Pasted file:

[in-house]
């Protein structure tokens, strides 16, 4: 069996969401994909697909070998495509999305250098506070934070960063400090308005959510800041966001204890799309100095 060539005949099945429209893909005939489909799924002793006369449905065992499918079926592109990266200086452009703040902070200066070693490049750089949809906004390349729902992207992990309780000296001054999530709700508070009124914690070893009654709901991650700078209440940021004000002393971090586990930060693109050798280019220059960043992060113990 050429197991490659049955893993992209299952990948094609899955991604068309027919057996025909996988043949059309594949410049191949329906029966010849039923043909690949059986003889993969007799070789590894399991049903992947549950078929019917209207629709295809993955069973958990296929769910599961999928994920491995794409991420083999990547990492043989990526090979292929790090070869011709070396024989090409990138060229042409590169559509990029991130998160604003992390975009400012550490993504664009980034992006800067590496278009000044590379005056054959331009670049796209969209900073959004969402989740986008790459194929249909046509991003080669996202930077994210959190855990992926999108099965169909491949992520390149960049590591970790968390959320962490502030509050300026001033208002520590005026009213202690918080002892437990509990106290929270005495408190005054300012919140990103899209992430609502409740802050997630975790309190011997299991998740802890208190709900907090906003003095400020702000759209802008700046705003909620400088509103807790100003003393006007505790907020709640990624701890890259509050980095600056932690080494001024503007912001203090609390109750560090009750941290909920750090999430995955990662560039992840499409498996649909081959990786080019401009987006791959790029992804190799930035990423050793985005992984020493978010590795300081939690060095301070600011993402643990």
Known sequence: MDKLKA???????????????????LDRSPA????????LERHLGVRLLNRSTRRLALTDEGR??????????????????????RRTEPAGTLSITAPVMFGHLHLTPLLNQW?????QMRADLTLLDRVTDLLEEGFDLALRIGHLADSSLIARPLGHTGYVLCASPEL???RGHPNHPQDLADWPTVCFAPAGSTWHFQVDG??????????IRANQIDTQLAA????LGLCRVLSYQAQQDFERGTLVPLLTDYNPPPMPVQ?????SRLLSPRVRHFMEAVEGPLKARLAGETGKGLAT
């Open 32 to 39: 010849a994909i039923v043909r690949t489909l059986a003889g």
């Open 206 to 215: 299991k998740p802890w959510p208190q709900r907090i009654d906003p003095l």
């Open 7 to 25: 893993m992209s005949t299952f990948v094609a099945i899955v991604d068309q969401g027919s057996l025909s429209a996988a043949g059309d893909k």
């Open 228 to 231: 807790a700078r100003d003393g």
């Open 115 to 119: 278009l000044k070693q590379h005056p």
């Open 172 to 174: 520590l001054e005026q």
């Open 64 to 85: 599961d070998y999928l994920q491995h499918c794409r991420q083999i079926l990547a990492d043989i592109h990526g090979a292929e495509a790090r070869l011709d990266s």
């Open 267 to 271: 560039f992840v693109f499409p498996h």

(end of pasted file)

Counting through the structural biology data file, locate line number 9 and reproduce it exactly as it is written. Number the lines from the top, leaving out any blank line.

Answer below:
């Open 172 to 174: 520590l001054e005026q």